Mets Pass On Ian Desmond
In case you haven’t already heard, the answer to the Mets’ shortstop problem was nearly solved with Ian Desmond — but the Mets declined.
According to Ken Rosenthal, the Mets would have been part of a three-team blockbuster involving the Nationals and Rays that would have sent Desmond to Flushing, Ben Zobrist and Yunel Escobar to DC, and two Mets prospects to Tampa Bay. But, Rosenthal says that the Mets declined when the Rays insisted on Noah Syndergaard and another mystery prospect. After the deal fell through, Zobrist and Escobar were shipped to Oakland in return for John Jaso, minor-league shortstop Daniel Robertson (the Athletics’ No. 1 prospect), minor-league outfielder Boog Powell (who posted a .451 on-base percentage at Class A last season, and is NOT related to the “other” Boog Powell), and $1.5 million.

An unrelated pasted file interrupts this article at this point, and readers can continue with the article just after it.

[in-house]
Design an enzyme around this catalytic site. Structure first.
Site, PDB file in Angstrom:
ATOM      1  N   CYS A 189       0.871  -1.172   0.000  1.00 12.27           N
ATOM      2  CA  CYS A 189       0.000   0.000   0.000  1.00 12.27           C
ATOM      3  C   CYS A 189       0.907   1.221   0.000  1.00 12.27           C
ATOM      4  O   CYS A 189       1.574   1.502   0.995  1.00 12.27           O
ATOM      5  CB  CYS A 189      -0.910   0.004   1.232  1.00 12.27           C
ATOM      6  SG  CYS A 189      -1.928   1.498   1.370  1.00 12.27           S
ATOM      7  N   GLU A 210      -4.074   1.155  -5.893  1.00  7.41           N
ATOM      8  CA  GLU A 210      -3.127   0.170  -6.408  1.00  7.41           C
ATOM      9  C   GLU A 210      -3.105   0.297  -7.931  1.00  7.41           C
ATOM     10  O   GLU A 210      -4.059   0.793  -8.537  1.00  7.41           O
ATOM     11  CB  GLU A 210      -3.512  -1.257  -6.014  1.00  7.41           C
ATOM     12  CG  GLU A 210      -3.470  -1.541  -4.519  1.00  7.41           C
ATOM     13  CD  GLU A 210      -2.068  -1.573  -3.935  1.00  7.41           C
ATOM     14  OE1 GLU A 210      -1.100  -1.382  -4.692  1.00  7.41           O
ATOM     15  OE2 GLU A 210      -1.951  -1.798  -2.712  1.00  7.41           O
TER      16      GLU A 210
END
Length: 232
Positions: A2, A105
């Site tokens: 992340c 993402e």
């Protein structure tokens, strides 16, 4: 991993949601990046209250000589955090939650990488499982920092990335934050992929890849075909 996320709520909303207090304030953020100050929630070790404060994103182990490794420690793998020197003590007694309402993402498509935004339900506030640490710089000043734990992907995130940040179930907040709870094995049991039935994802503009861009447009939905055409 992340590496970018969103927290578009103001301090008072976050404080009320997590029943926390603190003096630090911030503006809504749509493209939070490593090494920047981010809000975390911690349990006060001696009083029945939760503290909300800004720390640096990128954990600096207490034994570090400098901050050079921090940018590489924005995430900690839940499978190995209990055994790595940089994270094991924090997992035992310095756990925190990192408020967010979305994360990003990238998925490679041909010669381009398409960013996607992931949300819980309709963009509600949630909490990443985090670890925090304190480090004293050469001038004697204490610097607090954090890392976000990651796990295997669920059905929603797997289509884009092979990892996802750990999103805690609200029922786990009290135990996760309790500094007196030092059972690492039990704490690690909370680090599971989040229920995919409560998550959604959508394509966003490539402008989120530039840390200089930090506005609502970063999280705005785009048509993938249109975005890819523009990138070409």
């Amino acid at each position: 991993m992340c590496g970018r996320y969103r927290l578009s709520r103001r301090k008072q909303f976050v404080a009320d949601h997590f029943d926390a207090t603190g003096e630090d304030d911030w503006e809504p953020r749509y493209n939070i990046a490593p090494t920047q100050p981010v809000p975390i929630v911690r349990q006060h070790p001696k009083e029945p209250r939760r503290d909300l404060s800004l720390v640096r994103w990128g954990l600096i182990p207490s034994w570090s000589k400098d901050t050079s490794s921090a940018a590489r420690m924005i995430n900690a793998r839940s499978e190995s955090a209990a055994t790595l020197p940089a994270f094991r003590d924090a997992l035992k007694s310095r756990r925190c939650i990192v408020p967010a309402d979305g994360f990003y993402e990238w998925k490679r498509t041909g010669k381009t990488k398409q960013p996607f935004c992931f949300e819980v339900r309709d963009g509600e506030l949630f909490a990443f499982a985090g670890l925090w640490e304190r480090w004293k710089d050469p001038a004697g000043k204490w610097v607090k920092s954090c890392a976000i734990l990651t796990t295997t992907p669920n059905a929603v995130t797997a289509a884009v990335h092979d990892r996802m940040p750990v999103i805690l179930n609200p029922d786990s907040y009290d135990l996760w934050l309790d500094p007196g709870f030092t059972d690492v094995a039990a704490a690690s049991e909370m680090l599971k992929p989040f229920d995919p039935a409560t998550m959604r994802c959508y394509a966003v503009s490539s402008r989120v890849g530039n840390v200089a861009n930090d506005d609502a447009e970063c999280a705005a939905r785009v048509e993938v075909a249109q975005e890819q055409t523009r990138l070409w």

First off, there’s no discussion about whether Ian Desmond would have been an upgrade at shortstop for the Mets — both in the field and in the lineup. Though, I’m sure there are a few dozen people wearing orange and blue sunglasses who will be happy to tell me that there’s no guarantee Desmond won’t be as good or better than Wilmer Flores — whose legend grows by the hour. The fact that the Mets were interested in acquiring Desmond to supplant Flores is evidence enough that the Flushing front office isn’t as sold on the idea as they have been suggesting since September. But hey, if you’re of the ilk that Flores will post a .800+ OPS and be respectable in the field (which Desmond has become, over the years — he’s no Gold Glover but far from a negative) in 2015, then go ahead and blow off steam in the comments.